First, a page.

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“I've travelled from Timbuktu to Uzbekistan, but nowhere have I encountered a meal as tasty as Tim Rice ”
Sir Tim Rice, born in 1917 in Vietnam, is most notable for both being the good friend of popular composer Andrew Lloyd Webber and being confused with Tim Brooke-Taylor from The Goodies (this is because both Lloyd-Webber and Brooke-Taylor are double barreled names). Other than that Tim Rice is completely unremarkable because anyone who has ever seen his opus Chess has immediately forgotten it by the following morning. Of course, this makes him a prime candidate for inclusion in this venerable reference source.
edit Tim Rice: The Early Years
Tim grew up in a semi-detached thatched cottage in the paddy fields of Vietnam with his two older brothers Boiled and Fried. By the time Tim's mother, Chau Co Joan Rice was pregnant for the third time, the joke was wearing a little thin and anyway the family had set their sights on the Big Apple (Tim is short for Times Square). Unfortunately the family was misled by an unscrupulous human trafficker, and the fishing boat they boarded was not headed for the US, but the UK. In 1925 the Rice family landed in Skegness.
edit Tim Rice in Britain
At this time Skegness was recognised as a centre of high British culture and refinement. As a teenager Tim found himself mixing with the leading lights of his day, in particular a group of bohemians and future Tory politicians known to frequent The Cottage Loaf, the most fashionable tea shop in the district. The Cottage Loafers would consume crumpets and toasted teacakes and discuss lofty ideas about music, art and Cartesian philosophy. Tim Rice was stimulated in this environment, although perhaps that was a result of the caffeine and sugar in his tea.
edit Tim Rice's Musical Career
edit Tim Rice discovers the Musical
His first encounter with a musical was in 1973 when he finally left the family home and moved to London. Here he saw the West End production of Grease at the New London Theatre. Sir Tim was so taken with the scene where Sandy is transformed into a rocker and sings You're the One That I Want that he straight away decided to end his career as a London stockbroker and become a beauty therapist. After failing to secure a position, he instead found work as a musical lyricist.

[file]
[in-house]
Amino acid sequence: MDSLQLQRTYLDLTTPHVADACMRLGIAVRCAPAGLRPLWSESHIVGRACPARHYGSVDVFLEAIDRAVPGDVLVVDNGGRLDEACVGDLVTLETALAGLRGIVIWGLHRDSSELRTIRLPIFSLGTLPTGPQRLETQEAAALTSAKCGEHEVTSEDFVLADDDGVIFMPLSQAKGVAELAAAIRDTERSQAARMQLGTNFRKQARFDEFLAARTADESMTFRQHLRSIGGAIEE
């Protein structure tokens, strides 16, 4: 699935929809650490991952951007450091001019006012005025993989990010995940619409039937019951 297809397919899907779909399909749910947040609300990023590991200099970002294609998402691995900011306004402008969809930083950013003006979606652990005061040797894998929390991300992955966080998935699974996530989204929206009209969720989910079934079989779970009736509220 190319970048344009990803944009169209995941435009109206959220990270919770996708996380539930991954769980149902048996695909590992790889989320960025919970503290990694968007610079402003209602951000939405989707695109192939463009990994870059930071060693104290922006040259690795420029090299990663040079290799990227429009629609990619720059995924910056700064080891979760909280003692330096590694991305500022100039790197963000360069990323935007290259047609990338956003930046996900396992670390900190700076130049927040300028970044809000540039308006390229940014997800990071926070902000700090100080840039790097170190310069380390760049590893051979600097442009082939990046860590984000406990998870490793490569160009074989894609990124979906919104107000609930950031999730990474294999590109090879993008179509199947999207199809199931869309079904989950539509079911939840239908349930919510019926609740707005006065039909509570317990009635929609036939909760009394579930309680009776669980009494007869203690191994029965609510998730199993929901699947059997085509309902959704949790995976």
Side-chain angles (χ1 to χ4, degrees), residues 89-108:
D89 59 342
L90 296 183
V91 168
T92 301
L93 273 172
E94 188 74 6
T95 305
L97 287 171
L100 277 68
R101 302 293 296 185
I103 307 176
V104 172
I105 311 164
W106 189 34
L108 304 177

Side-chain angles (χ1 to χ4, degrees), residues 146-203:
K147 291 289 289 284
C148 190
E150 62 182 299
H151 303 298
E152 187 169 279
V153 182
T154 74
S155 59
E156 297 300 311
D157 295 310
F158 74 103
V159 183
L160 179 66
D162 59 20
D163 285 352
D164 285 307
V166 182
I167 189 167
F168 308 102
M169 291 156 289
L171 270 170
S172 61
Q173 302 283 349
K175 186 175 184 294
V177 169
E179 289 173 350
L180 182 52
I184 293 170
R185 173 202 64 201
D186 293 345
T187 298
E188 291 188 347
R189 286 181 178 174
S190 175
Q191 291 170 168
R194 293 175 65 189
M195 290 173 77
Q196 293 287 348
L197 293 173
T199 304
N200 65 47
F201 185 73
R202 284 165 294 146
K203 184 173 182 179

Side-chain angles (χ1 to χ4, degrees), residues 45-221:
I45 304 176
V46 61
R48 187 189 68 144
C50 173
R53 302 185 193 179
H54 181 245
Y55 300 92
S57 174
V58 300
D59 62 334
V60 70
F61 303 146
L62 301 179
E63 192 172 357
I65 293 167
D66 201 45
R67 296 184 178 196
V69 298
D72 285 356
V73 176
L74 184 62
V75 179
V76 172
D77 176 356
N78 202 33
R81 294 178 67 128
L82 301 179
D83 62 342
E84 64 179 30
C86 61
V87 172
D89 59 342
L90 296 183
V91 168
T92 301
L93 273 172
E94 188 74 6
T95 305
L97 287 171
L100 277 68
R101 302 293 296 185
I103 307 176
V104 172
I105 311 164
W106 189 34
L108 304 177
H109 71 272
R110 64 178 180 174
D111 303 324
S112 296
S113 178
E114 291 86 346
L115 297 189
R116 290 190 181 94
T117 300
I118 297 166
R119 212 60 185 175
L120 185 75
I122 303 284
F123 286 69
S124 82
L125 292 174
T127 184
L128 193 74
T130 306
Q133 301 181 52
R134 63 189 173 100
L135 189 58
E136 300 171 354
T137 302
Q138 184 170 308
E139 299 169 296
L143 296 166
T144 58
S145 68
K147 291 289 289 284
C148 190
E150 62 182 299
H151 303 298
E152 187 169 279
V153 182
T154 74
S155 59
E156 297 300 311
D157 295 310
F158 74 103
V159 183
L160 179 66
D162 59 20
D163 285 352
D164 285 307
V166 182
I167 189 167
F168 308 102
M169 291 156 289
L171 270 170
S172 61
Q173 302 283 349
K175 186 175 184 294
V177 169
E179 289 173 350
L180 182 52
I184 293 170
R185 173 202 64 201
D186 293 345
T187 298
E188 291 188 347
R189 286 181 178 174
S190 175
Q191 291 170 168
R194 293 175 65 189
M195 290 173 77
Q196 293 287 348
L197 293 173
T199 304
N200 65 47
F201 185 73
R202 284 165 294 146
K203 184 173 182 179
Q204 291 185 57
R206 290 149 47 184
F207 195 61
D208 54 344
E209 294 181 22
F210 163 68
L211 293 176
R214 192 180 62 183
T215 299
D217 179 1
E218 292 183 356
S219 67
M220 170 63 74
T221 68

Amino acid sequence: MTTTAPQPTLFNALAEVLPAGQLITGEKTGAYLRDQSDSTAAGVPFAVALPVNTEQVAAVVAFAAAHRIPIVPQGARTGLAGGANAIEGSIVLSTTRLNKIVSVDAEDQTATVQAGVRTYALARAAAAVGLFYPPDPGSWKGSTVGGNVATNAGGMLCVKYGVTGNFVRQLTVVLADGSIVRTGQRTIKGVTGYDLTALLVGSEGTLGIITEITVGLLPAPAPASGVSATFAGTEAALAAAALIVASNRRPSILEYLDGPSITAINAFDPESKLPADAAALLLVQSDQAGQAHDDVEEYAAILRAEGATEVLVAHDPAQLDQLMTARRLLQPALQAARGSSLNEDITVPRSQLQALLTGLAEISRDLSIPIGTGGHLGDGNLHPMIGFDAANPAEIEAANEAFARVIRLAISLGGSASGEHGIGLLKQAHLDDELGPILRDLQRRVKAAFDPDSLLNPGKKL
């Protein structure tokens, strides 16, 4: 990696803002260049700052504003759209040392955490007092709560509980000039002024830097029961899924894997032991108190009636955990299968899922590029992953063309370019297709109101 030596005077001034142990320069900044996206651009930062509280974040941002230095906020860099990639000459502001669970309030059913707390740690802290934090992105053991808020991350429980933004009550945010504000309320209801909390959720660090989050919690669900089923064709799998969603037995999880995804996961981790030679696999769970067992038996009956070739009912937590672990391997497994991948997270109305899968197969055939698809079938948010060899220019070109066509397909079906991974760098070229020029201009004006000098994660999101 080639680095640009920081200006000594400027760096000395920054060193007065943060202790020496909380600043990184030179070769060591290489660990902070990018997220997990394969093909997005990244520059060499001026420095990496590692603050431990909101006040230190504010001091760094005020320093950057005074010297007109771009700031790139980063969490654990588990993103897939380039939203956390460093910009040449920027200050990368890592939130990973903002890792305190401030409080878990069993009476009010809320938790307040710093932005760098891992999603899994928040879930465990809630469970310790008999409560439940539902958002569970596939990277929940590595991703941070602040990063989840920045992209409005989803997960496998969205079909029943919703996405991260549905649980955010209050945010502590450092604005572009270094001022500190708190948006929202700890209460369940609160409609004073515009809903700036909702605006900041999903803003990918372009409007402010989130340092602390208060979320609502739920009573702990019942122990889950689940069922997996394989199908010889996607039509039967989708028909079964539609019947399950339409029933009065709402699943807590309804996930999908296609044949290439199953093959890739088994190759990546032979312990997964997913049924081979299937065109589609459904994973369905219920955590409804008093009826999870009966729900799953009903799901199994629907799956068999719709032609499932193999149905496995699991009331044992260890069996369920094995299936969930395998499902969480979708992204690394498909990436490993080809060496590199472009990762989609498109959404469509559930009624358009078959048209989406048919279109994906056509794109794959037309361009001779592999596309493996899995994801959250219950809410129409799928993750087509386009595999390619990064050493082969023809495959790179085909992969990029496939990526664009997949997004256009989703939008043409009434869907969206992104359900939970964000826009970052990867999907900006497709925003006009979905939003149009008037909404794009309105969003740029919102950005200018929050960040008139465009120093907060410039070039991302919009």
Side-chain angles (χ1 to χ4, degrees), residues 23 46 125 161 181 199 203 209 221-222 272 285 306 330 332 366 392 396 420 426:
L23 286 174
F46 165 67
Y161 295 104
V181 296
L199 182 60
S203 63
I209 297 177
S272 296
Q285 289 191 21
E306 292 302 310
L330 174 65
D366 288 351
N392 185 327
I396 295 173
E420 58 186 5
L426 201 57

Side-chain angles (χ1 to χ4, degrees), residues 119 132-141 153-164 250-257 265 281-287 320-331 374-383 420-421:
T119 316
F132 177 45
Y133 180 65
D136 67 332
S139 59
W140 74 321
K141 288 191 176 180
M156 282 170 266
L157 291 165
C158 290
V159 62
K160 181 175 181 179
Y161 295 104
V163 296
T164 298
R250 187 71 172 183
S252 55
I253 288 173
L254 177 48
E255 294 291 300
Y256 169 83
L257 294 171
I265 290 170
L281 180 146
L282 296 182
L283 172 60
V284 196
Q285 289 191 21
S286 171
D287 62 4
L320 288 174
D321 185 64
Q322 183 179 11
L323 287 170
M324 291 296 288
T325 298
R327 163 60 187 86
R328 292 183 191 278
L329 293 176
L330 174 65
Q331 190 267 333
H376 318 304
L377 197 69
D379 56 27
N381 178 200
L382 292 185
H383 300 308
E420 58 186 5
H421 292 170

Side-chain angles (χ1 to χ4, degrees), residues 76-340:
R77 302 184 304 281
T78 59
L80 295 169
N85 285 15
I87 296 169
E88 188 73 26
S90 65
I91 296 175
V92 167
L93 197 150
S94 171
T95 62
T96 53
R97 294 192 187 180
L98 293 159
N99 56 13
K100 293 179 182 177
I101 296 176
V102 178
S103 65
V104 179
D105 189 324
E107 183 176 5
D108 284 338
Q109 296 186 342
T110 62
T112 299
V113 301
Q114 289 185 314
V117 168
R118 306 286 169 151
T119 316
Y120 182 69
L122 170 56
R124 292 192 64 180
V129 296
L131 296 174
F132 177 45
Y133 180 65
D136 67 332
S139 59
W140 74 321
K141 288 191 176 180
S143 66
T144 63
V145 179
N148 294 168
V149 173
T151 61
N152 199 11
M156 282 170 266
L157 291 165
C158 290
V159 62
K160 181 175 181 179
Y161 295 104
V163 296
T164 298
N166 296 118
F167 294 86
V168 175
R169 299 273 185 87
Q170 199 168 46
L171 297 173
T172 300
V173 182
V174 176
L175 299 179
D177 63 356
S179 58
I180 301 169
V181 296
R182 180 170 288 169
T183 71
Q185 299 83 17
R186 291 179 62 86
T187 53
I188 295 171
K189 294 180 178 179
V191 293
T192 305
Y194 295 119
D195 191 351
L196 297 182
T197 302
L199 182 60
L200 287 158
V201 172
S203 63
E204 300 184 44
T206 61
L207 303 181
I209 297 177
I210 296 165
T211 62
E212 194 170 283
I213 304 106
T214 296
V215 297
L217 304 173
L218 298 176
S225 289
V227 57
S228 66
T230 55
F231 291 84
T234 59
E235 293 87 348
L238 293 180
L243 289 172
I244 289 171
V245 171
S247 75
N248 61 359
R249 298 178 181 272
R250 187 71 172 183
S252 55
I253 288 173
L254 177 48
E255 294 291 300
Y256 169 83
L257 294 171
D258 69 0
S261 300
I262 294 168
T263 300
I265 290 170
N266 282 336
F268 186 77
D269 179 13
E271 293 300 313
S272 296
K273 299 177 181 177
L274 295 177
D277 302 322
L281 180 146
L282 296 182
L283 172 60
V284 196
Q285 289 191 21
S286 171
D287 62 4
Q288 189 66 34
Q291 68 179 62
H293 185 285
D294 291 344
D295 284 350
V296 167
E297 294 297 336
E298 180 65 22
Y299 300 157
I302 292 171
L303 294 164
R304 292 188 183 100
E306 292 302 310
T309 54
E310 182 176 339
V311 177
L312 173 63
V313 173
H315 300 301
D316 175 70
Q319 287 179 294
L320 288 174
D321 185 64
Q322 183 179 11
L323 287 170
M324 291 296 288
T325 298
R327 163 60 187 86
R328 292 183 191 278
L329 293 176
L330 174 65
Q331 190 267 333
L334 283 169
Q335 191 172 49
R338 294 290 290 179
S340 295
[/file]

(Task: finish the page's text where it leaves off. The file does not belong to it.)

edit Tim and Andrew: A match made in heaven
He met Andrew Lloyd-Webber at the British Museum, when they were both looking at the stars in its observatory. Lloyd-Webber was already a well established musician, and offered to work with Tim on the West End show By Jeeves in 1975. Due to artistic differences about the right way to pronounce Jeeves the collaboration floundered and Lloyd-Webber completed the project without Rice. The pair did manage to stay on good terms long enough to complete Evita. The show was originally slated in London, but took off during the Falkland Islands war. Britain took Rice's clever lyrics for Don't Cry for Me, Argentina to heart, and the song became an anthem of national pride. Andrew Lloyd Webber could not cope with Rice's popularity and left the partnership to seek his own fortune. After Rice's one success, Lloyd-Webber's solo career took off whereas Rice disappeared into seeming obscurity.
edit Chess: A final attempt
After his break-up with Andrew Lloyd-Webber Tim Rice made one last attempt to hit the big time. His musical collaboration with ABBA stars Benny Hill and Bjorn Vulva was billed as a come-back. The musical was named Chess, and featured Elaine Page wearing a flimsy nightie in an inhuman, filthy chess den in central Bangkok. I saw it in 1987, but unfortunately cannot remember what it was about. Nor can anyone else.
edit Tim Rice: The later years
Towards the end of his career Tim was relegated to the rubbish heap of 20th Century musicians. Discontented with meaningless nonsense like writing scores and songs for Disney films, featuring in documentaries about Cliff Richard and Elton John and being called Sir he decided to join an ashram and changed his name to Basmati. He is also known as a champion of holistic water-based therapies, commonly known as the absorption method.
|Tim's Musical Career|
1973 - 1975